“This code modification marks an unusual departure from the typical AZZY backdoors, with its C&C communication functions moved to an external DLL file,” Kaspersky researchers wrote in their report. “In the past, the Sofacy developers modified earlier AZZY backdoors to use a C&C server encoded in the registry, instead of storing it in the malware itself, so this code modularization follows the same line of thinking.”

In addition to traditional data-stealing capabilities, Sofacy also covets information stored on air-gapped machines and uses its USBSTEALER implant to drain these machines of valuable content.

This is behavior similar to that of the Equation group, one of the most sophisticated state-sponsored groups, which invested significant resources in developing more than 100 malware implants, each with their own purpose and used selectively against valuable targets.

“In 2015 its activity increased significantly, deploying no less than five 0-days, making Sofacy one of the most prolific, agile and dynamic threat actors in the arena,” Raiu said. “We have reasons to believe that these attacks will continue.”

Categories: Malware, Web Security

Comment (1)

  1. Andre Gironda
    1

    Actually, I find it a bit confusing why there are so many reliable Flash and MS-Office public exploits — yet the attackers continue to create new ones that are commonly detected.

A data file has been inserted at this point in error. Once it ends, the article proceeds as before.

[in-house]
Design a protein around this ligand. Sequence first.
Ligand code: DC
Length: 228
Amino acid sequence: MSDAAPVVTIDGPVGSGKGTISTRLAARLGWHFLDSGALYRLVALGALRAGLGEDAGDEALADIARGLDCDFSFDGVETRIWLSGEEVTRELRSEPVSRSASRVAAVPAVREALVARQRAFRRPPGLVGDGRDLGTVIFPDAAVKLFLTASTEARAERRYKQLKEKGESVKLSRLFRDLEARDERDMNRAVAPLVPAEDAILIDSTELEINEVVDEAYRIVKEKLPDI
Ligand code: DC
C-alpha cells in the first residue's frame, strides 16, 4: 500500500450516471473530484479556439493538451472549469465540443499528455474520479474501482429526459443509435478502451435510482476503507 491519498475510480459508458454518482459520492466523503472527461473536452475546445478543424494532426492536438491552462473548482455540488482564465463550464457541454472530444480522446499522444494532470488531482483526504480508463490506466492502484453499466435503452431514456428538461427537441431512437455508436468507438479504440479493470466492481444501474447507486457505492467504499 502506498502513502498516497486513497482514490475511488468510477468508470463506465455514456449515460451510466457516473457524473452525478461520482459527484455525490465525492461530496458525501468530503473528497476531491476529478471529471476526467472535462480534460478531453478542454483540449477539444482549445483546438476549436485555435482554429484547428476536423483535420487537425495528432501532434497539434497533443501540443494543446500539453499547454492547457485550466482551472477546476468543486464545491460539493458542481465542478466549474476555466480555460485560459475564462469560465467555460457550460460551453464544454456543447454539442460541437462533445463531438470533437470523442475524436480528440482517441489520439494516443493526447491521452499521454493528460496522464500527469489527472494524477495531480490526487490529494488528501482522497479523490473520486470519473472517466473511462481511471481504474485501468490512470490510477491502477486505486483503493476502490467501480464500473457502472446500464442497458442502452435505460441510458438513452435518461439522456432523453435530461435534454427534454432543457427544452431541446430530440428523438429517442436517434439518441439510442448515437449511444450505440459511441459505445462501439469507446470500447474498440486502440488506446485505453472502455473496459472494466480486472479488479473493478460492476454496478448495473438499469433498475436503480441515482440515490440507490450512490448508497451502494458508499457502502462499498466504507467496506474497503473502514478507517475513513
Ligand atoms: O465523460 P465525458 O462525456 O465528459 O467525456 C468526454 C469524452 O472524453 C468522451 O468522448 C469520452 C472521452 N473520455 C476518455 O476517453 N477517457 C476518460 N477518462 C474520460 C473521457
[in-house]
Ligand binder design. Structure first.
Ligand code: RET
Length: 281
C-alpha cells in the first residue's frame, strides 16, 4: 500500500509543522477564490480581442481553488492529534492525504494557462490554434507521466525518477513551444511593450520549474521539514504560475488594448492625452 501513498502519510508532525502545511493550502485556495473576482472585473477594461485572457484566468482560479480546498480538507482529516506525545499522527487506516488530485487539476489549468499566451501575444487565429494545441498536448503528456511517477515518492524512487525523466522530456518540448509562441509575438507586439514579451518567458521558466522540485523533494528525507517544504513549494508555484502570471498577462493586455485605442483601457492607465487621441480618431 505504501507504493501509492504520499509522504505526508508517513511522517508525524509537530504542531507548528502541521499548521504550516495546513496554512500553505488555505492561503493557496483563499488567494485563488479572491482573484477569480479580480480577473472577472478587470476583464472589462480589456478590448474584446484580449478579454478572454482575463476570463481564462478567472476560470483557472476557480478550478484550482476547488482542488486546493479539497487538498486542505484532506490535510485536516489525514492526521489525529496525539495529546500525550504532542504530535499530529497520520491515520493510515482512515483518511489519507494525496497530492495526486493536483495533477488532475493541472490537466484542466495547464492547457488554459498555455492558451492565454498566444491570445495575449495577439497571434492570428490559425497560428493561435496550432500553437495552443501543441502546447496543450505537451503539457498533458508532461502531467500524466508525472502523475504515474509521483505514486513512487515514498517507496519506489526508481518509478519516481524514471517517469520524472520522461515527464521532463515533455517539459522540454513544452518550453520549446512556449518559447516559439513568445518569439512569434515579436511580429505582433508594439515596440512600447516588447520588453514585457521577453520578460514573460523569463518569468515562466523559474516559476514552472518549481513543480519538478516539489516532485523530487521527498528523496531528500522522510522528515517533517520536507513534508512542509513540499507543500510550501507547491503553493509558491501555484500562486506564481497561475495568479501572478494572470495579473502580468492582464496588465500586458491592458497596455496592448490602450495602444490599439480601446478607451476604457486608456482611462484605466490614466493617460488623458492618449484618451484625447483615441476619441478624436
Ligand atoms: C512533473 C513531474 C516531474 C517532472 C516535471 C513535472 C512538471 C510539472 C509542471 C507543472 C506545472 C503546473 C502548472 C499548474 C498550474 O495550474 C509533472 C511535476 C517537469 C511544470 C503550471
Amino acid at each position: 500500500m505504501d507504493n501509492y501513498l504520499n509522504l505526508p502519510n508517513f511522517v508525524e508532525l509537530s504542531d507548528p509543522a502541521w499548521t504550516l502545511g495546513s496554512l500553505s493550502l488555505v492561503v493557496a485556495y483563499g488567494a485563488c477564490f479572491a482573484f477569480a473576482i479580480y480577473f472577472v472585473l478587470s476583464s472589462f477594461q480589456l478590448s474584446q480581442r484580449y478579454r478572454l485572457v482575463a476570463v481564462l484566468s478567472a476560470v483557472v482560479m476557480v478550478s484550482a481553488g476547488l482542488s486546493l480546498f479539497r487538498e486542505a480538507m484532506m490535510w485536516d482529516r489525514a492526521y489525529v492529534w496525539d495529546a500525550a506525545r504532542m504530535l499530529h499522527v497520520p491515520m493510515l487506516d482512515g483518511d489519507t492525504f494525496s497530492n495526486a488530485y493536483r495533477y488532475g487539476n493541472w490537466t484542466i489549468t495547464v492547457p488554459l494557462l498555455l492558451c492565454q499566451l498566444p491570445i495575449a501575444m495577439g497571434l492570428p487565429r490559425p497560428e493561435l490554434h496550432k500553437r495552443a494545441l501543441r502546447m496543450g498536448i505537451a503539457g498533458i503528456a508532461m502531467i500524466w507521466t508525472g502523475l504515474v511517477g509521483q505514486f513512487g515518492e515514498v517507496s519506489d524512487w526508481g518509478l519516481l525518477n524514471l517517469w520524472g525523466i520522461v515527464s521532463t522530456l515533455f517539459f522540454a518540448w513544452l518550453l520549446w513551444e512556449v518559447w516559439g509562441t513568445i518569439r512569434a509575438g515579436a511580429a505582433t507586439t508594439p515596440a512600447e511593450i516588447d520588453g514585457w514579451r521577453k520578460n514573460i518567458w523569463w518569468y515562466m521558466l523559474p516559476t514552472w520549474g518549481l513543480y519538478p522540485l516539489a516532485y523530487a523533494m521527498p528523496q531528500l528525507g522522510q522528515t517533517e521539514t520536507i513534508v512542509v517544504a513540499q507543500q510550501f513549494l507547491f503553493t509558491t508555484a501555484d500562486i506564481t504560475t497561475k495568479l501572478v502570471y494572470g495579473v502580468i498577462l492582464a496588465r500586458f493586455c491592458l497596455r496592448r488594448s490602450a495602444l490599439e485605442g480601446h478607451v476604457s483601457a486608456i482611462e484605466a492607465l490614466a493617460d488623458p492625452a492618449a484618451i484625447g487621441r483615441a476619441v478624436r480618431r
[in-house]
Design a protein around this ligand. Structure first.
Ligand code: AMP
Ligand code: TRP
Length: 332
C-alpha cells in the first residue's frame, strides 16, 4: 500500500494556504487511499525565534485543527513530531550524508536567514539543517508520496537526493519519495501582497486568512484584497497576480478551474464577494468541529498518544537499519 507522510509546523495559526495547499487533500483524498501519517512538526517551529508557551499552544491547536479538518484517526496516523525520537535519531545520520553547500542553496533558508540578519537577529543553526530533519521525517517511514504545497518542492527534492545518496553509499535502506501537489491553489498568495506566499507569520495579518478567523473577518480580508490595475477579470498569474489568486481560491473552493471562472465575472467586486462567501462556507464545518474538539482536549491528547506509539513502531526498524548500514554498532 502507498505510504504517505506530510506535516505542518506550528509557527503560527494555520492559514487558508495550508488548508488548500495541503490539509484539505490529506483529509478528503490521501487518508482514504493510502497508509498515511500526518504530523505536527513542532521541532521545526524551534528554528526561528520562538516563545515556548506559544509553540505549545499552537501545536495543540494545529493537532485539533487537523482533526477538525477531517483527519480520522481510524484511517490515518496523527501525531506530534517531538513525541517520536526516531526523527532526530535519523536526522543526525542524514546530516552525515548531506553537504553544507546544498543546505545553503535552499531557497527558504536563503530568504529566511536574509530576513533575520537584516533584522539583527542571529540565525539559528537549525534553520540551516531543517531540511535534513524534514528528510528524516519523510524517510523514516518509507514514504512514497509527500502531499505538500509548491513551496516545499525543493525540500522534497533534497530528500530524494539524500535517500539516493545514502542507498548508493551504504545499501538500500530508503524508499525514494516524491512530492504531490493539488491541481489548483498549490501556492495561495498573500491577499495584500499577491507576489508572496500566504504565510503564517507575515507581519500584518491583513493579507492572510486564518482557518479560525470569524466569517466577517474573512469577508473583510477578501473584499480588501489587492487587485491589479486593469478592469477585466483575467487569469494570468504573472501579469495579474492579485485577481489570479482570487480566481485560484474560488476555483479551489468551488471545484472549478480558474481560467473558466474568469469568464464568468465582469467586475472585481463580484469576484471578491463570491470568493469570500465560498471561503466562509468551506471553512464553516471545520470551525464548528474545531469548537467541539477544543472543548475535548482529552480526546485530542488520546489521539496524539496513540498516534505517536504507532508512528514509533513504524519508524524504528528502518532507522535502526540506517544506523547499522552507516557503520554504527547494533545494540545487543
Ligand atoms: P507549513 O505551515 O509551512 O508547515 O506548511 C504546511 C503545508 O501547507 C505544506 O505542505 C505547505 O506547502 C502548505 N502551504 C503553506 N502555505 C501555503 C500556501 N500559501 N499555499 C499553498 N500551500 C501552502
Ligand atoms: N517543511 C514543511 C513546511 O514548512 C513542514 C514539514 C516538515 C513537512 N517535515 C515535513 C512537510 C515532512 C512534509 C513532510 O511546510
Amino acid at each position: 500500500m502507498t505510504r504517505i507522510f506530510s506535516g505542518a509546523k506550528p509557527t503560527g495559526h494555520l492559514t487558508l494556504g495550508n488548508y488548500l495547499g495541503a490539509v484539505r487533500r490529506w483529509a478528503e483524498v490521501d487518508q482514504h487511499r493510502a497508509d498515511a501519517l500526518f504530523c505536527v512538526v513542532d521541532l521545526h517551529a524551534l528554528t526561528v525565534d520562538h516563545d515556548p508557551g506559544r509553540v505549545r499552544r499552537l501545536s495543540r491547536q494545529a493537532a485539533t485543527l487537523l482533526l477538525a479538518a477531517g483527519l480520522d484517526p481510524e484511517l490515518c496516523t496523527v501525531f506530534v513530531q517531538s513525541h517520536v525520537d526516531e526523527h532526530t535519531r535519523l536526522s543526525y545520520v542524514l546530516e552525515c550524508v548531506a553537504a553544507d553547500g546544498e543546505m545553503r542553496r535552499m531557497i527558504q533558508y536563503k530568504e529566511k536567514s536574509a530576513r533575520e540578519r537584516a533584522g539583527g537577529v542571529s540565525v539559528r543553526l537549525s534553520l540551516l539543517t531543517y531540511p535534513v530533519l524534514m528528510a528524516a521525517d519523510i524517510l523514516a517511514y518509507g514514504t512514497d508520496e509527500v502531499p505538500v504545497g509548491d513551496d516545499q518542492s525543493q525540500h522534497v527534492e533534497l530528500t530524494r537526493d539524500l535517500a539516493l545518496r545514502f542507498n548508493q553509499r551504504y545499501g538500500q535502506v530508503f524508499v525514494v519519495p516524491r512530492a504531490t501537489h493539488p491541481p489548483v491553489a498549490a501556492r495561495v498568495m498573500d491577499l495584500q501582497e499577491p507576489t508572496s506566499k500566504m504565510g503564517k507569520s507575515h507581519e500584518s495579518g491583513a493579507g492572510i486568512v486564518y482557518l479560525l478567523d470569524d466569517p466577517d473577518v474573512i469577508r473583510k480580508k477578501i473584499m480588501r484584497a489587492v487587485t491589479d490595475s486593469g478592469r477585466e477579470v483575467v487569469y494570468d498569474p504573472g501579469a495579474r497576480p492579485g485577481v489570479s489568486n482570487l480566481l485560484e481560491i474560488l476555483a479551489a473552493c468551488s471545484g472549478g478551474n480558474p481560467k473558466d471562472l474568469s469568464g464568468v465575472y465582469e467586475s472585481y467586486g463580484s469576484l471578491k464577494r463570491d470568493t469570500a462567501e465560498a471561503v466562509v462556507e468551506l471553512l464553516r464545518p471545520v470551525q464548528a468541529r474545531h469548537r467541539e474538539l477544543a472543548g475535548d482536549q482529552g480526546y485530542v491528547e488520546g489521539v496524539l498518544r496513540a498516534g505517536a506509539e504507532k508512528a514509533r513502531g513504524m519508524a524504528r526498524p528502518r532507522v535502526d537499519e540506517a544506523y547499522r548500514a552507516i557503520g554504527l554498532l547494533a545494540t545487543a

There is at least one Adobe Reader public exploit that is still under-the radar — why not use this instead? Of the six zero days used by APT28, only one remains without a test-case exploit and without known luajit (or similar) detection rules, CVE-2015-2424 (and the entire MS15-070 bundle, including CVE-2015-2375, CVE-2015-2376, and CVE-2015-2377, do not have open test-case exploits or detectors yet). However, CVE-2015-2424 is very similar to CVE-2012-0158 and CVE-2010-3333, which are the third and seventh most-known public MS-Office exploits. I can think of eight other zero days that are completely invisible — five of which can be immediately purchased or reversed into a reliable exploit (maybe not as reliable as
    CVE-2012-1856 or CVE-2014-6352, but these zero days are off-radar).

    For Flash, it’s the same. Why would APT28 use CVE-2015-5119? Not only has it been public for awhile, it’s also going to be detected. There are five public Flash exploits that stay under-the radar, one of which is from 2014! Even CVE-2011-2140 may be difficult to detect by comparison.

    If Java and Flash are runtime-capable less-and-less often, then why go after them at all? An MS-Office or Adobe Reader Flash exploit makes the least sense: it requires two or three apps are installed. This creates several opportunities, or layers, for detectors to get their job done right. Penetration testers have typically said that Flash exploits are the way to go because they are so versatile. I disagree and believe that straight-up zero days in Internet Explorer and Microsoft Edge will provide the most exploitability followed closely by Chrome (and other clients/services) for Android (although there are two processor types to consider).